Afterwards, young Signal lived in Goodman's fields, Goswell-street, Chiswell-street, and that Neighbourhood. When falling into bad Company, particularly with Branch, with whom he became acquainted the Beginning of June last, he took to the Trade of Thieving, and continued in the same until taken, and cast for his Life. Since that Time, he, and his profligate Companions, have made their Brags of several Robberies they had committed; declaring, if they had but Liberty, they would send for Things enough to set up a good Shop. - But as they had not, they would send for some Surgeons to give them Money for their Bodies, for, by G - d, they were resolved to die game.

During Signal's Confinement, there came a poor Man to him, whom he had robbed, and desired him to give an Account of his Things; saying if they were pawned he would release them, for he was almost left bare. Upon this, Signal told him the Places where they were pawned. This I must remark, that the Evidence, who swore against him, threatned several Times to have him taken up, if he would not go along with him. This he told his Father and a Gentleman in my hearing; nevertheless, he desired a Woman to get out of the Way, saying, You foolish Bitch, why don't you get off; for the Thief-Catchers have got a Scent of you, and if you do not, you'll soon come to my Lodging.

Catherine Hart , whom Signal declared to be his Wife , was indicted with him and Ward for the same Fact; but the Jury acquitted her, Signal declaring her to be his Wife, and innocent of the Matter. However, there's too much Reason to believe that she had been the Wife of a Person who had before suffered at the Gallows, for a Crime of the same Nature, as his own Father said; since which she had kept Company with Signal and his Gang, and was privy to their Concerns.

There were other Informations, if not Indictments against Signal, on the Oath of Richard Swancot , for being concerned with him in divers Felonies and Burglaries. But, as the first Indictment produced a capital Conviction, there was no Need to take up the Time of the Court in enquiring into any other. He was a poor unhappy, ignorant Youth, and yet had the Vanity to set up for the Macheath of the Day, tho' he was no way equal to the Character, and nothing but Ignorance and Audaciousness, those two despicable, ill Qualities, could give him any Pretence to it.

9. Daniel Macquin , a Soldier , aged 35, was born at Perth in Scotland, of mean Parents, that gave him no Education, nor bred him to any Trade; but he carried a Pack for some Years for other People, and afterwards for himself; when getting a little Money, he set up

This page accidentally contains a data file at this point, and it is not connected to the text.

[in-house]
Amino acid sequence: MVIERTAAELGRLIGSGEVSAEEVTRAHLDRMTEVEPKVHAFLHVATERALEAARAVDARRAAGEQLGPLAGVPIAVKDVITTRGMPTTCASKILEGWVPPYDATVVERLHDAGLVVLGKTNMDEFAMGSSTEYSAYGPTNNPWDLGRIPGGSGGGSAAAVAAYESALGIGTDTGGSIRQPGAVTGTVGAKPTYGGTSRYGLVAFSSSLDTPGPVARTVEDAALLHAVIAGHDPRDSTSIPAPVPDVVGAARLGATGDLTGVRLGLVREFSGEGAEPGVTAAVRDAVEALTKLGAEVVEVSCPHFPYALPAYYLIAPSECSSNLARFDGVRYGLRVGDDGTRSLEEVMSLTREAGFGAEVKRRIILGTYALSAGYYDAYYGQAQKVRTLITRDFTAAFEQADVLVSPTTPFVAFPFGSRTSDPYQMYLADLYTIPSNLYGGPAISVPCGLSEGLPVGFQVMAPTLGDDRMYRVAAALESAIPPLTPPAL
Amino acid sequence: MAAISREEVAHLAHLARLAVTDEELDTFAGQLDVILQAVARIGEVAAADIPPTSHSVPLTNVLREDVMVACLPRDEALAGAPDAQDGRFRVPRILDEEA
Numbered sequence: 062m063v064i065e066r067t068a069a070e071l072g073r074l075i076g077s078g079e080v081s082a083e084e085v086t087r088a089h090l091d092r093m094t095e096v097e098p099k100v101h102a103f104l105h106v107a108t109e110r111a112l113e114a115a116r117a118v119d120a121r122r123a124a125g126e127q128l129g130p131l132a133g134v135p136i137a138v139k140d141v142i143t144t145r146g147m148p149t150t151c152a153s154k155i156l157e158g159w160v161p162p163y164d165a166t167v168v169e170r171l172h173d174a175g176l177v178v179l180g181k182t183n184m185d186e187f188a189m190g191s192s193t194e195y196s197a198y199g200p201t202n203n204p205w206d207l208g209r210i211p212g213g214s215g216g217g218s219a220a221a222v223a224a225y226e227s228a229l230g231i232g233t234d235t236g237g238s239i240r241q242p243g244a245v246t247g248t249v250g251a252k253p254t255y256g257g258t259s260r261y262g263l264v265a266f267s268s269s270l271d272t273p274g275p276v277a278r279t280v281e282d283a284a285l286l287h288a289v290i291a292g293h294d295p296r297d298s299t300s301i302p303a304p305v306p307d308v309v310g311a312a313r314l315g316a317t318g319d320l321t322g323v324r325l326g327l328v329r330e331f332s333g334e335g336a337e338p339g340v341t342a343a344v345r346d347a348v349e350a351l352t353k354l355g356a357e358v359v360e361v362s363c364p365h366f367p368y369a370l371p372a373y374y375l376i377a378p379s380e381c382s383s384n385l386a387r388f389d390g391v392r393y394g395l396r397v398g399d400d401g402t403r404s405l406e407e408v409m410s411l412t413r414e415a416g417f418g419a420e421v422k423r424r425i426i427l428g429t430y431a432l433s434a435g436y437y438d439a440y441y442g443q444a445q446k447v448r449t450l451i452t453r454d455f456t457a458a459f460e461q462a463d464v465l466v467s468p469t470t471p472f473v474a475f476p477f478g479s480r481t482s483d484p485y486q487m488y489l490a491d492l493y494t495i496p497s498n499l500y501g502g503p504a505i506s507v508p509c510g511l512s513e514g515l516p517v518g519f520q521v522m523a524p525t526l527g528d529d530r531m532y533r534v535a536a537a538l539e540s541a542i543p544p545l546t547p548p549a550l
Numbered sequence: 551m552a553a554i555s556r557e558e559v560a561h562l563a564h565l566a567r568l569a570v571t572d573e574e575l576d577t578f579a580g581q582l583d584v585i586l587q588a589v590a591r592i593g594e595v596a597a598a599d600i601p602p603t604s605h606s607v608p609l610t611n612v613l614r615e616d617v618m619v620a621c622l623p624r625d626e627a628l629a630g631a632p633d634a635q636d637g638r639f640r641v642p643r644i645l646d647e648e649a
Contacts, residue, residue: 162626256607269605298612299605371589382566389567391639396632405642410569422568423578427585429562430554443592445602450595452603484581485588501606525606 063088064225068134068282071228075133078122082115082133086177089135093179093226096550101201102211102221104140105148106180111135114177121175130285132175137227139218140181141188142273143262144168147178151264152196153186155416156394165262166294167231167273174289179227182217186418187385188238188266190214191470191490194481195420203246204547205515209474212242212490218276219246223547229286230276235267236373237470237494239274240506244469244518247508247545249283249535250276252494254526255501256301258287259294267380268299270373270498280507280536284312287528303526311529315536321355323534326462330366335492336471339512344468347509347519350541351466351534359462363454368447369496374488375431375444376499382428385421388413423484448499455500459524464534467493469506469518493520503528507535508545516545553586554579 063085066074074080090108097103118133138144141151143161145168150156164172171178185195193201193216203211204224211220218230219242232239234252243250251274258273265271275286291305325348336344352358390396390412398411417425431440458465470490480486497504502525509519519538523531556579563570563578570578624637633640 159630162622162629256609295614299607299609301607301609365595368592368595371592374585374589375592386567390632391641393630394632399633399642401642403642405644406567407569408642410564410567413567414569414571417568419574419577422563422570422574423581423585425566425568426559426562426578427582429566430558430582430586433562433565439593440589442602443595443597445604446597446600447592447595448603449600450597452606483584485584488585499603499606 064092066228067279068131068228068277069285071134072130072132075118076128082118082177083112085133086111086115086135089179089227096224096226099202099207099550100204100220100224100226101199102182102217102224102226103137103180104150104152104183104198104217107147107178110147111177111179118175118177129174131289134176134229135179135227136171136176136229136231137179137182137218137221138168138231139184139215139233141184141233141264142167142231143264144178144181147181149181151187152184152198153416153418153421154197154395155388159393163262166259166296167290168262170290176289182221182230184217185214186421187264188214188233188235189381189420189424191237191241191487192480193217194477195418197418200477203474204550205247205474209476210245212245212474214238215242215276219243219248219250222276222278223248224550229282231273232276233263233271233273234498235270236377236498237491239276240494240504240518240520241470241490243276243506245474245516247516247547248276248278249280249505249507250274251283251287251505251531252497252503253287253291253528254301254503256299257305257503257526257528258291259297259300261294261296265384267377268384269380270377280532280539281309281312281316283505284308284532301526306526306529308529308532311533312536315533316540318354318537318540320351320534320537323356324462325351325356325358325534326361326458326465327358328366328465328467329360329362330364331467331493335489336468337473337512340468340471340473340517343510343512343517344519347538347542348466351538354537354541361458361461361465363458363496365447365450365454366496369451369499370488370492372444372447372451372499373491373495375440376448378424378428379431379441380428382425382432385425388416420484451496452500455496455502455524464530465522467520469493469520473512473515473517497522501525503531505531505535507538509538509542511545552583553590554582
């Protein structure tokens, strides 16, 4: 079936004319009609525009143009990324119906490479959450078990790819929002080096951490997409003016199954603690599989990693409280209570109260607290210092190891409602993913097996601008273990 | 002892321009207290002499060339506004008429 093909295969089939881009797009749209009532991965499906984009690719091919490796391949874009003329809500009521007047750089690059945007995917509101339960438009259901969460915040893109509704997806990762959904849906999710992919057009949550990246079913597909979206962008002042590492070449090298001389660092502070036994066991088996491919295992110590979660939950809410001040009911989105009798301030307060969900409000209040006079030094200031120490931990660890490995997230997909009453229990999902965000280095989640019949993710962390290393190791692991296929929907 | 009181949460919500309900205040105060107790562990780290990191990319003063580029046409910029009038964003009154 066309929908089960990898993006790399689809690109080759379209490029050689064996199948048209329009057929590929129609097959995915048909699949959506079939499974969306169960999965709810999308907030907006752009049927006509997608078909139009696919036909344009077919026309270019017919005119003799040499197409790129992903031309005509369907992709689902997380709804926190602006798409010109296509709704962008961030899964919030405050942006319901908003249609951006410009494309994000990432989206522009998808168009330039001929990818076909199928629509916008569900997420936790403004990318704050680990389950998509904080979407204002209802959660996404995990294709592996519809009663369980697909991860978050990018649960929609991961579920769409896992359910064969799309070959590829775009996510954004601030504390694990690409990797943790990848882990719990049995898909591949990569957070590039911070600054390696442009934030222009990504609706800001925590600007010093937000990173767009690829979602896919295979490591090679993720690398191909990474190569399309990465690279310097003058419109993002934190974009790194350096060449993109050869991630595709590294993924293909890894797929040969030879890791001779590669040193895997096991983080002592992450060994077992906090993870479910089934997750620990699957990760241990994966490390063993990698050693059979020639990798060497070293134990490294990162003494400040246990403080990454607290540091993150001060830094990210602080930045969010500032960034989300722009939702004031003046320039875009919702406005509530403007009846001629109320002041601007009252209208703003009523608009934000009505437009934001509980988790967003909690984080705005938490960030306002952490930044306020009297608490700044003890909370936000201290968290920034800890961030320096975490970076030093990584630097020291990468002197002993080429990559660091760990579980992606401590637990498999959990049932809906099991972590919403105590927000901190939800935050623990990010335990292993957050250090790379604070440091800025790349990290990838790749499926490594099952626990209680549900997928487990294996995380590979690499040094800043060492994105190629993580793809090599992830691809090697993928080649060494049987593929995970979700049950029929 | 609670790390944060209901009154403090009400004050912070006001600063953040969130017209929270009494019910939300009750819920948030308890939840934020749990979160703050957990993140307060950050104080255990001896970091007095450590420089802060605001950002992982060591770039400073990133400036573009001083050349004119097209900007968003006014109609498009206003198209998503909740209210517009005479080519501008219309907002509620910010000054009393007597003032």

Trade in the Linnen Way , &c. in a little Town or Village near Sterling, about four Miles distant, called Holloway . About six Years ago, thro' Loss in Trade, and being reduced, he listed for a Soldier , the Summer after the Disturbance in Scotland, and has been in the Army ever since, till he was taken up. He was quartered at the Tower last Year, and at the King's-Head in the Lower-Street, Islington, this Year, from whence he received his Weekly Allowance for Quarteridge, and had a Lodging at Westminster. In April last he commenced robbing, and has committed several petty Robberies by himself, never having any Companion about Town. He says, that he never met with any great Matters but once; and that three or four Shillings was the Top of his Booty. But stopping a Gentleman in the back Road, on a certain Time, he took from him three Guineas and a half. This Robbery was done by the River Side, opposite Sadler's Wells.

He also took from the Prosecutor a Silver Watch, val. 40 s. which, tho' advertised, he ventured to pawn, and was stopped with it. He desired a Fellow-Prisoner, during his Confinement, to write a Letter for him to one of his Brother Soldiers; and, whilst he was writing the Letter, confessed that he had committed several Robberies in Company of some of his Brother Soldiers, whom he would not discover: And declared, that he never received any Relief from them. All the Money that he confessed to have gotten by Robbery was, 9 l. 3 s. 6 d.

10. Richard Lane , aged 17, was born at Chertsey, in the County of Surry, of poor, but honest Parents, who came to London with him, when he was about two Years of Age. His Father, who was by Trade a Stocking and Cap-Maker , taught him his Business, as fast as he was capable of taking to it; and the Boy worked with him, and honestly got his Bread by his Labour for a few Years, till he left his Father. Afterwards he got into other Employ in the same Way, by which he is said to have been diligent enough to get his eighteen Shillings per Week, till he unluckily fell into Company with a wicked female Companion, who drew him off from his Business, and brought him to Ruin. He says, he had never any Thought of thieving till he met with her, and kept her Company, and she put him upon it in Order to support her in Idleness.